German forces first moved rapidly along the vast front, capturing millions of Soviet soldiers. The Einsatzgruppen, or armed SS death squads, followed in the army’s wake, searching for and killing scores of civilians, especially Soviet Jews. Hitler’s directives for the invasion included the commissioner’s order, which authorized the immediate execution of all captured enemy officers. Many Soviet prisoners of war (prisoners of war) were also killed immediately after their capture, another practice that violated international war protocols.
While achieving territorial gains, the German forces also suffered heavy losses, as the Soviets’ numerical advantage and the strength of their resistance proved to be greater than expected. At the end of August, when the German Panzer divisions were only 220 miles from the Soviet capital, Hitler ordered – despite protests from his generals – that the campaign against Moscow be delayed in favor of a concentration on Ukraine to the south.
Kiev fell to the Wehrmacht at the end of September. In the north, the Germans managed (with the help of the Finnish allies) to cut Leningrad off from the rest of Russia, but they were not strong enough to take the city itself. Instead, Hitler ordered his forces to starve Leningrad into subjugation, beginning a siege that would end up lasting around 872 days.
In early October, Hitler ordered the launch of Operation Typhoon, the German offensive against Moscow. This delay had given the Soviets time to strengthen the defense of their capital with around 1 million troops and 1,000 new T-34 tanks. After a successful initial assault, the muddy autumn roads – known as Rasputitsa, or quagmire season – literally stalled the German offensive outside of Moscow, where they collided with enhanced Russian defenses.
In mid-November, the Panzer divisions made a final attempt to surround Moscow, less than 12 miles from the city. But reinforcements from Siberia helped the Red Army repel the attack, halting the German offensive for good as brutal winter conditions arrived. Soviet forces launched a surprise counterattack in early December, putting the Germans on the defensive and forcing them to retreat.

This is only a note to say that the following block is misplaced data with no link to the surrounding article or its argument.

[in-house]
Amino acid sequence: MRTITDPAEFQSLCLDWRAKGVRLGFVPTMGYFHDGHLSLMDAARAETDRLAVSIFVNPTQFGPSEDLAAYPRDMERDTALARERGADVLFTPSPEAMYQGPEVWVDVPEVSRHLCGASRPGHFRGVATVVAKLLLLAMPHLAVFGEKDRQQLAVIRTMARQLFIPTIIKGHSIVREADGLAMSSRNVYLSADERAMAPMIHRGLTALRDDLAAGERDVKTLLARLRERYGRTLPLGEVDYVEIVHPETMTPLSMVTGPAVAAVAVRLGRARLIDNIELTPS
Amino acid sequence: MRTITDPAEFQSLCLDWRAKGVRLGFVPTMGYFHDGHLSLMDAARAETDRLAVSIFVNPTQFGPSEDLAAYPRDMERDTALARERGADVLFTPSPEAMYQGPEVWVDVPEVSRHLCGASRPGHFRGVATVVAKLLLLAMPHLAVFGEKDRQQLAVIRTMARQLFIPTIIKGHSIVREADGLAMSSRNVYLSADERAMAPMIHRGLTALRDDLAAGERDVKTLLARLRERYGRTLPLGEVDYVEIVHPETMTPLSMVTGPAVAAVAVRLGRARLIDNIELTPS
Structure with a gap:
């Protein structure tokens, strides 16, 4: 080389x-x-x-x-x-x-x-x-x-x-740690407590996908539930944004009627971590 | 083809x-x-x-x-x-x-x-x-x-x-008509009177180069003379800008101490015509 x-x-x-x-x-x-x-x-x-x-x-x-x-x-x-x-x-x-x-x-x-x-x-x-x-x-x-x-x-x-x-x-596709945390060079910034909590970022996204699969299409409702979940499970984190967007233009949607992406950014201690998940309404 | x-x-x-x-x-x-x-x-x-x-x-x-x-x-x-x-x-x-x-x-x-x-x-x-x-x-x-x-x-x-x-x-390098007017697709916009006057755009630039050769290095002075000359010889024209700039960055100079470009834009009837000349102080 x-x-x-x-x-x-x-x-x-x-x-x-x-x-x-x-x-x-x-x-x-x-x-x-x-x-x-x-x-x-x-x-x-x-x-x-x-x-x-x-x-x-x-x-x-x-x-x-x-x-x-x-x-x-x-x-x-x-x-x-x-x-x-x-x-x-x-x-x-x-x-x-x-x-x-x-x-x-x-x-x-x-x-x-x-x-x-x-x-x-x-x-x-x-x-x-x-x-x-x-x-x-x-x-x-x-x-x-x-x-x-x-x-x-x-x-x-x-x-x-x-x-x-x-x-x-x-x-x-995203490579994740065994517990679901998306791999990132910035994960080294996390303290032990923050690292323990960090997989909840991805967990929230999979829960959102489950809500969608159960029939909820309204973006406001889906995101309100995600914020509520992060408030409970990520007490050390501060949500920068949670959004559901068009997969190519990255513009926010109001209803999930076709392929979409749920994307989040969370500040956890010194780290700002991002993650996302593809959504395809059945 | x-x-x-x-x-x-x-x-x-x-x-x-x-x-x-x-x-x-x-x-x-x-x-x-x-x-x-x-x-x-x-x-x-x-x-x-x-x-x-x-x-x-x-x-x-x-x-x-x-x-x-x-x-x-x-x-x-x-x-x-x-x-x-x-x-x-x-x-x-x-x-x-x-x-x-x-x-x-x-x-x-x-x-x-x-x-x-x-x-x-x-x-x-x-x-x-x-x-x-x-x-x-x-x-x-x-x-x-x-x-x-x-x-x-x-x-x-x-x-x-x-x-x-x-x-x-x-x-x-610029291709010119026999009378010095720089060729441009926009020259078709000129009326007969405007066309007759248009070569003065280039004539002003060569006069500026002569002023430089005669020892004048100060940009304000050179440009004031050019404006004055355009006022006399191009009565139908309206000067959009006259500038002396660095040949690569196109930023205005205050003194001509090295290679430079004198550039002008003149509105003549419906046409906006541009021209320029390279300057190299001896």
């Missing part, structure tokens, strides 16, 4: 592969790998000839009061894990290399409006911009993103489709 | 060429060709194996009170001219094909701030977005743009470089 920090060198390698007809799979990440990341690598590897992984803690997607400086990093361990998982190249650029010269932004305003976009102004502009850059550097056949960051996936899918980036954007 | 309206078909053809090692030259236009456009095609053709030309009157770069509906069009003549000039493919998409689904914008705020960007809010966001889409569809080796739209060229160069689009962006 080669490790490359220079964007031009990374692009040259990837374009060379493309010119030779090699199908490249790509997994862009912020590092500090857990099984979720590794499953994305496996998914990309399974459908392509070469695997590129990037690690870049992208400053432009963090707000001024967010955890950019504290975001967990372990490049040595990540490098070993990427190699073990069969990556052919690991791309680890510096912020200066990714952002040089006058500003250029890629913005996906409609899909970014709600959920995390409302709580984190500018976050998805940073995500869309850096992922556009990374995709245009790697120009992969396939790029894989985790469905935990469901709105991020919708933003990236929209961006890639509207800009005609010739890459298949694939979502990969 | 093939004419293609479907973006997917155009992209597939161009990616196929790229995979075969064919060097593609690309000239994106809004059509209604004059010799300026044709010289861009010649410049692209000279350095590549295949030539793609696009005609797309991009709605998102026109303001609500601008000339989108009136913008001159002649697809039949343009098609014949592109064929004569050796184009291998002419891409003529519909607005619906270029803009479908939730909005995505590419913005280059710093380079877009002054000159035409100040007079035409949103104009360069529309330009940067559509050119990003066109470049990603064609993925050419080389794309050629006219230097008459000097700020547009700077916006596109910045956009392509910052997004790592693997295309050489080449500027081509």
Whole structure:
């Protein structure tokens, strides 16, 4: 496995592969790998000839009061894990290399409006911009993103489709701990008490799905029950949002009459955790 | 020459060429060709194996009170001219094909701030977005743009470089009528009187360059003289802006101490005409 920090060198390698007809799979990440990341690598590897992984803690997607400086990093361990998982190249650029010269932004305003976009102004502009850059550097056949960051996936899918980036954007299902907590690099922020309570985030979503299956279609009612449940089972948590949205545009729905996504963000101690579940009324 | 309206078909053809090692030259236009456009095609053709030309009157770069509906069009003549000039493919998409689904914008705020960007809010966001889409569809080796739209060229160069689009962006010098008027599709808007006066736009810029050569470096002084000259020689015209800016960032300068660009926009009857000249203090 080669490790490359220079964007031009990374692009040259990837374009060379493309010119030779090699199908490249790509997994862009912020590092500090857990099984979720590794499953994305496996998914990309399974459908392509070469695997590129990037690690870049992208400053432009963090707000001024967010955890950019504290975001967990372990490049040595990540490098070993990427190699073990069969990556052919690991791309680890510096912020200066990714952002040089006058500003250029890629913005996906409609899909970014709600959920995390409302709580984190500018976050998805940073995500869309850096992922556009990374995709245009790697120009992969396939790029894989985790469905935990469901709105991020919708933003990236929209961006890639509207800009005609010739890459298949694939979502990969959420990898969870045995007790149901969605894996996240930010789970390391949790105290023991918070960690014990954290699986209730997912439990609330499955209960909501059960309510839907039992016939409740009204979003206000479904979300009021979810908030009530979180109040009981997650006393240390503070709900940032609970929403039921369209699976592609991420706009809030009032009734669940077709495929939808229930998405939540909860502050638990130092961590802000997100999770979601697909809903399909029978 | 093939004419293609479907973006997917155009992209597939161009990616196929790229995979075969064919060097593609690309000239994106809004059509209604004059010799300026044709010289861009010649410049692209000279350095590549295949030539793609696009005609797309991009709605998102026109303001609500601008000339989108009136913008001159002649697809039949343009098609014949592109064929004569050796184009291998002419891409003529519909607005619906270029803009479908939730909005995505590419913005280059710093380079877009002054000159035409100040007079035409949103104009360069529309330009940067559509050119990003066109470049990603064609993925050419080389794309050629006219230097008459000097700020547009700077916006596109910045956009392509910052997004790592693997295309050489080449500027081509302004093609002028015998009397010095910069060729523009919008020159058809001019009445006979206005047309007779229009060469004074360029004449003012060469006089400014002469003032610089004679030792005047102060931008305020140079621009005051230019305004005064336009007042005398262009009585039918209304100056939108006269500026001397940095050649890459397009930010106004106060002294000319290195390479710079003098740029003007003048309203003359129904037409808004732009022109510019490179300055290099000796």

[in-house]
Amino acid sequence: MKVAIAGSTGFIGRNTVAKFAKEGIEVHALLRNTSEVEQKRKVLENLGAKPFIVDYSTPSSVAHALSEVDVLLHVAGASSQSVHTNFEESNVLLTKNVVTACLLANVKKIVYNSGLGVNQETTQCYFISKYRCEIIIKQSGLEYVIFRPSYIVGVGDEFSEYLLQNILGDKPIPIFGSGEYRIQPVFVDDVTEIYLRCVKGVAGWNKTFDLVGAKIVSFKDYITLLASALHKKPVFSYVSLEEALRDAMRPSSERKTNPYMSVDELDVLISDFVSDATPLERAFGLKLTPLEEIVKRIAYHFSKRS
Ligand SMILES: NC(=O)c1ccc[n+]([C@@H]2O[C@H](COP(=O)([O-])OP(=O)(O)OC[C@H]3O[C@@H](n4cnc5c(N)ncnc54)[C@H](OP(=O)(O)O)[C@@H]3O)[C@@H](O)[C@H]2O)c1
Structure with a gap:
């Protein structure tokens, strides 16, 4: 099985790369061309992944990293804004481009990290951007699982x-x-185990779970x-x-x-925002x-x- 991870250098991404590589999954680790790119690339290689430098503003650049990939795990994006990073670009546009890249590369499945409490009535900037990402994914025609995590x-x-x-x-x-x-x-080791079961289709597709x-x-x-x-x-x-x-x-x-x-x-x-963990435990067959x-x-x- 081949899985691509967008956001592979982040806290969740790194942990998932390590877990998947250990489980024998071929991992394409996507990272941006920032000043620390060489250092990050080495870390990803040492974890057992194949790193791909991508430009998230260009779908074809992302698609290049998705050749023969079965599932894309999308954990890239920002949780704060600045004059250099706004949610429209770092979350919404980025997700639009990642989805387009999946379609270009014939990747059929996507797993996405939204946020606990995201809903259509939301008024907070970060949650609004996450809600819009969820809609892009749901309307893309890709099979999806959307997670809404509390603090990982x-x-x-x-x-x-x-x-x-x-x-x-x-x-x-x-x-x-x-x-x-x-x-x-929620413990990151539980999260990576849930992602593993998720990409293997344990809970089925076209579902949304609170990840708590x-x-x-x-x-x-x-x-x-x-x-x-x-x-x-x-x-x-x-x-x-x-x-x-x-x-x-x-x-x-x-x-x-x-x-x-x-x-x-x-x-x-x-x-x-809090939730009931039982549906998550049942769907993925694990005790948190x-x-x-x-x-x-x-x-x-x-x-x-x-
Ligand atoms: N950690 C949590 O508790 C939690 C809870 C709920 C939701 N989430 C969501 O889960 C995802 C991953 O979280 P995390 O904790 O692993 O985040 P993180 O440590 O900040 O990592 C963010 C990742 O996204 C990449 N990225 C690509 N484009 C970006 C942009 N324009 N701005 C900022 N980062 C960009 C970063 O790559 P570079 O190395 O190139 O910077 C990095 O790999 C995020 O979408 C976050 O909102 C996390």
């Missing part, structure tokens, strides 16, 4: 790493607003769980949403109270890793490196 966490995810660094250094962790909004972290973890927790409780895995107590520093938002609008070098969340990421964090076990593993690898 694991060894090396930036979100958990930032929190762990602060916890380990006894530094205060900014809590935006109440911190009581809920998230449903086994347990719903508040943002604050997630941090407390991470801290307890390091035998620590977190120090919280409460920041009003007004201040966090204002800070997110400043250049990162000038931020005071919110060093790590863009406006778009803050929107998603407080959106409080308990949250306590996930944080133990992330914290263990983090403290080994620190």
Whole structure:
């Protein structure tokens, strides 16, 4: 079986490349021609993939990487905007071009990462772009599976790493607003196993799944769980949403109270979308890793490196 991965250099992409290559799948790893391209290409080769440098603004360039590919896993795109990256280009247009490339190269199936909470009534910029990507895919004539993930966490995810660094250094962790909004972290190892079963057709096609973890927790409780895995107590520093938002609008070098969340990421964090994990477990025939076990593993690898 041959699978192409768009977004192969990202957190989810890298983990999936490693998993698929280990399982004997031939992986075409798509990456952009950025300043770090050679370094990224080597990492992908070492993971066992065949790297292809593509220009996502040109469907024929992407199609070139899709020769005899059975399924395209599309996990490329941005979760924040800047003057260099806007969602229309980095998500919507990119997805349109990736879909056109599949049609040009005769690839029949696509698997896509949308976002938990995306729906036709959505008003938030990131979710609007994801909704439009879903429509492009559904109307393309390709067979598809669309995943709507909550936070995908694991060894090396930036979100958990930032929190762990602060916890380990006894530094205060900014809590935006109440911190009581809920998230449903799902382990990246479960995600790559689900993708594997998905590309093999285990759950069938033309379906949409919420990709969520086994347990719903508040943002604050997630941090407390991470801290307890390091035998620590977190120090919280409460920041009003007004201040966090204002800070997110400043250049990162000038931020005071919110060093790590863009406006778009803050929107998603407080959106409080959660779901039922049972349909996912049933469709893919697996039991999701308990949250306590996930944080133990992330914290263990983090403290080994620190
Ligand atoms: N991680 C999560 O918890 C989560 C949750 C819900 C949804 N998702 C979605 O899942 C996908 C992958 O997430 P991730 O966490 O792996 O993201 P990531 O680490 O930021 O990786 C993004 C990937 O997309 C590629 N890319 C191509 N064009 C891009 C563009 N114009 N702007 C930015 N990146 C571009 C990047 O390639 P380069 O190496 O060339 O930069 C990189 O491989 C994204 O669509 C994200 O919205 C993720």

The failure of Operation Barbarossa
Despite its territorial gains and the damage inflicted on the Red Army, Operation Barbarossa failed in its primary objective: to force the Soviet Union to surrender. Although Hitler blamed the winter weather conditions for the failure of the Moscow offensive, the entire operation suffered from a lack of long-range strategic planning. Counting on a quick victory, the Germans had failed to set up adequate supply lines to cope with the vast distances and difficult terrain.
They had also underestimated the strength of the Soviet resistance, which Stalin had ably encouraged by his calls to defend “Mother Russia”. Hitler’s Commissioner’s Order and other ruthless behavior on the part of the Germans also served to solidify the Red Army’s resolve to fight to the end.
The fighting was far from over on the Eastern Front and Hitler ordered another major strategic offensive against the Soviet Union in June 1942. Thanks to similar obstacles they ultimately failed, the Battle of Stalingrad in 1943 helping to turn the tide in a decisive way. to the Allied Powers during World War II.
Operation Barbarossa and Germany’s failure in the Soviet Union. Imperial War Museums.
Anthony Beevor, “Operation Barbarossa: Why Hitler’s Invasion of the Soviet Union Was His Biggest Mistake.” History Extra, March 3, 2021.
Norman stone, World War II: a brief history. (Basic Books, 2013).